Shame is the inability to live up to the narrative that you think society requires of you in order to be able to fit in. Shame perpetuates individualism and individualism perpetuates consumerism. Shame: If only you knew, you wouldn't like me — thus individualism. Consumerism: what do I need in order to be able to fit in. The emotional undercurrent that carries these three along on its tide is fear.
This leads me on to thinking about the 2015 Global Entrepreneurship Monitor. In it, Belfast, out of 64 cities across the UK was ranked the least entrepreneurial — number 64. According to the report (based on number of business startups), 4.8% of people in Northern Ireland engage in enterprise activity compared to 10% in the South of Ireland, with the 18 - 24 age group ranked as having the lowest entrepreneurial activity.
Now, it probably isn't surprising that the 18 - 24 age group ranked where it did. If you are lucky enough, and can afford it, you are in further education. If not, then you are either working or unemployed — all of which mean you are channeling any entrepreneurial spirit elsewhere or nowhere.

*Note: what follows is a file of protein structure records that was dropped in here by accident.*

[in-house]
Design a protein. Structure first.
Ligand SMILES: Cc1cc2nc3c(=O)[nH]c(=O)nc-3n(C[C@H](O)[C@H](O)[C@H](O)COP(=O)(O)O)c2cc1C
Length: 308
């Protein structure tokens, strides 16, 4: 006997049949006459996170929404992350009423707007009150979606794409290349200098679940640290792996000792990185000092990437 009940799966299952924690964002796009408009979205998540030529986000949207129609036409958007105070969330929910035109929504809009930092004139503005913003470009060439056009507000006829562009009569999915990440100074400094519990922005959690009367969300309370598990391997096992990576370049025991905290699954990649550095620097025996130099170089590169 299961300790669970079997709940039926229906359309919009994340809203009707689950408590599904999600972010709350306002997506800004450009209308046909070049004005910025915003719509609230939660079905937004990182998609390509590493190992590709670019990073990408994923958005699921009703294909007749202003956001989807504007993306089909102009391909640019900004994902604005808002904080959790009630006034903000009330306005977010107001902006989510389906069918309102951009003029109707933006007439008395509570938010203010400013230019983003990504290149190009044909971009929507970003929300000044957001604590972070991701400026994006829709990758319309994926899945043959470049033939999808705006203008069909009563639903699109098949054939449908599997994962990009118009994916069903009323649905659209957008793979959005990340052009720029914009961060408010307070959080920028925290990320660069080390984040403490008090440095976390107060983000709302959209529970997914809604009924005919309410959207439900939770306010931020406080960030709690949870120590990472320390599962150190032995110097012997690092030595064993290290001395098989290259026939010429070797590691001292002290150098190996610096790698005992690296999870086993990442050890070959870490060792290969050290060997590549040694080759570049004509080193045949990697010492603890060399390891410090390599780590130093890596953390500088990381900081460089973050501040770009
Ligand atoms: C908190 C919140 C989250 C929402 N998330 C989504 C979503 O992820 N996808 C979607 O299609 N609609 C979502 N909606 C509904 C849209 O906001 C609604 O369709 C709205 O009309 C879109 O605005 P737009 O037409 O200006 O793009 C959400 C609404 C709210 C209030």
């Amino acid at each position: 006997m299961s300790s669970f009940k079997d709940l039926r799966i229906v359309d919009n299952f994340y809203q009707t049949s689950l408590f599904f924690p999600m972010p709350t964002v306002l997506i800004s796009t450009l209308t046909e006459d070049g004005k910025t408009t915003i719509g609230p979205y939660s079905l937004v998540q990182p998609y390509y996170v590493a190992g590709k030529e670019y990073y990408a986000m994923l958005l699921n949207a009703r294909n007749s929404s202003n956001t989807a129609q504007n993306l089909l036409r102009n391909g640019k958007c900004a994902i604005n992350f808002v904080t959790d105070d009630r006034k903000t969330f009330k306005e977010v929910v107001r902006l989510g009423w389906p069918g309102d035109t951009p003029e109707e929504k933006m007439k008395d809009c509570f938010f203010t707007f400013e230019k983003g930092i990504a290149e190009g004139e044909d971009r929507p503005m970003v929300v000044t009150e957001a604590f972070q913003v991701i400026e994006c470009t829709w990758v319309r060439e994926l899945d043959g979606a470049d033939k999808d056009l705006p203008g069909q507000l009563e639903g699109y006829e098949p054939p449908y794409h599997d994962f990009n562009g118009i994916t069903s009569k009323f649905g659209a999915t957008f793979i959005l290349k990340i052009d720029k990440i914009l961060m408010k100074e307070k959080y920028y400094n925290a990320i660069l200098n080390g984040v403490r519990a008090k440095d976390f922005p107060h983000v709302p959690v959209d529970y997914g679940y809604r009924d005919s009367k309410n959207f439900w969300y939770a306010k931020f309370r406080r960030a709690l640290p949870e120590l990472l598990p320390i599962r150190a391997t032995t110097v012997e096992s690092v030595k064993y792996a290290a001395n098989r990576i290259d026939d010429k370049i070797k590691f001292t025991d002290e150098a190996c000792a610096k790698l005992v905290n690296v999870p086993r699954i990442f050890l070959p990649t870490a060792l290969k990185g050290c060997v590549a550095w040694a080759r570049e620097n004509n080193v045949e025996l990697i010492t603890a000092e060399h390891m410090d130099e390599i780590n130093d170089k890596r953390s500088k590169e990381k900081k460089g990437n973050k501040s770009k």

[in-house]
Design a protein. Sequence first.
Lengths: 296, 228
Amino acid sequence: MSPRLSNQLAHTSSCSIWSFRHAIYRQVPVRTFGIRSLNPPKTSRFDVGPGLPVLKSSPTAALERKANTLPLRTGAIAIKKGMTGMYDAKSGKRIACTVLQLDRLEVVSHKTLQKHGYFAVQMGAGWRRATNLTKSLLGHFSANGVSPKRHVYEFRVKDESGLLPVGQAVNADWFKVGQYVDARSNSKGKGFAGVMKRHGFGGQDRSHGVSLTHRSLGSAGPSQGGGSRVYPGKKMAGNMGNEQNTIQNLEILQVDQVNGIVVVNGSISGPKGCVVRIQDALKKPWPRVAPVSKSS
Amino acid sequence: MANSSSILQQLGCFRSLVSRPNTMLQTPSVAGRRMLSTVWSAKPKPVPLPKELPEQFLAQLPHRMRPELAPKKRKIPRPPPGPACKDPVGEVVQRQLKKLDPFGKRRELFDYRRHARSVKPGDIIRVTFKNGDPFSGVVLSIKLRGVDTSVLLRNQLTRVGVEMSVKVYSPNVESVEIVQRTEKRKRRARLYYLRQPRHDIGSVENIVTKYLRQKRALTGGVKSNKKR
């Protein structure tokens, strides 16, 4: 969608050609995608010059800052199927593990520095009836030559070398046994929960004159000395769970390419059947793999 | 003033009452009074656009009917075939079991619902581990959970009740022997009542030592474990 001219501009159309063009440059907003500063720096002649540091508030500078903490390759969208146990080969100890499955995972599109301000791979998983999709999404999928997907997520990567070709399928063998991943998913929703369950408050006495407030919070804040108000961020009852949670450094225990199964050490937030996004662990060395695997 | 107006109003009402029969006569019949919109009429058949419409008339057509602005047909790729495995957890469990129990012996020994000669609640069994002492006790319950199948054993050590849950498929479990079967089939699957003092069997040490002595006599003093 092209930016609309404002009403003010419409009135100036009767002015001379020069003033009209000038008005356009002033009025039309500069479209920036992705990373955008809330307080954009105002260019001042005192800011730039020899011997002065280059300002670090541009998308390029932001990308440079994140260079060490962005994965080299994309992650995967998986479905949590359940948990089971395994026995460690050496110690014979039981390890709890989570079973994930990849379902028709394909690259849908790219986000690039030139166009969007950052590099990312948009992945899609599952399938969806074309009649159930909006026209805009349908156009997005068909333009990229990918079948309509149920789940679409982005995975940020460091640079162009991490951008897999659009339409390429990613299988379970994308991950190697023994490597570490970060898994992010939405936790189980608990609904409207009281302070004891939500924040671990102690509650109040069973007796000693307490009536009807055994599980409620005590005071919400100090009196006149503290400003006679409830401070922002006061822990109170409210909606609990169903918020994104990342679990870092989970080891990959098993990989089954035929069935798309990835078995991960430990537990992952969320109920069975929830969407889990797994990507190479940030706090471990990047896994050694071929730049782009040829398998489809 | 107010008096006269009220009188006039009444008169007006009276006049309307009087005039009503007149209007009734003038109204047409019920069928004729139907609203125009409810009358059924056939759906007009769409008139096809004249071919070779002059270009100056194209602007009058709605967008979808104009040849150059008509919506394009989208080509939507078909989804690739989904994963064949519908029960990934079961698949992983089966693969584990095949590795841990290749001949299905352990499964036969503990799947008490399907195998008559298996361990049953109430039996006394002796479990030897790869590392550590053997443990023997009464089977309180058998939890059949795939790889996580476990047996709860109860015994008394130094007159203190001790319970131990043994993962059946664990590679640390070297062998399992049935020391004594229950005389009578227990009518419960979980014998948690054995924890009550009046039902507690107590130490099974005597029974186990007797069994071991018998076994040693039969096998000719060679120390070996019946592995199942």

What is interesting is that 43.5% of people surveyed in NI said that “fear of failure” would prevent them from starting a business — the highest percentage across the whole of the UK. According to a report in the Telegraph, this fear may be unjustified, because despite these statistics; more young businesses reach £1m in sales in Northern Ireland than anywhere else in the UK.
That being said, there appears to be a culture of fear in Belfast. Which, given what I proposed in my opening paragraph should not surprise us. Religious systems of belief are predicated on perpetuating an unhealthy level of shame (they don't tell you this but they are). It works like this: here’s the rules. Fear the rules. Do not break the rules. Break the rules feel shame. Believe in x, y or z and be ‘free’ from your shame — repeat to fade.
Given Belfast’s deeply, conservative, fundamentalist, religious past; its rigid familial structures; highly academic education system; and calvinistic, protestant working class ethic (all rooted in religion) it should not surprise us that we are haunted by fear of failure; the prying eyes; pointing fingers; hushed tones; shame-tweets …..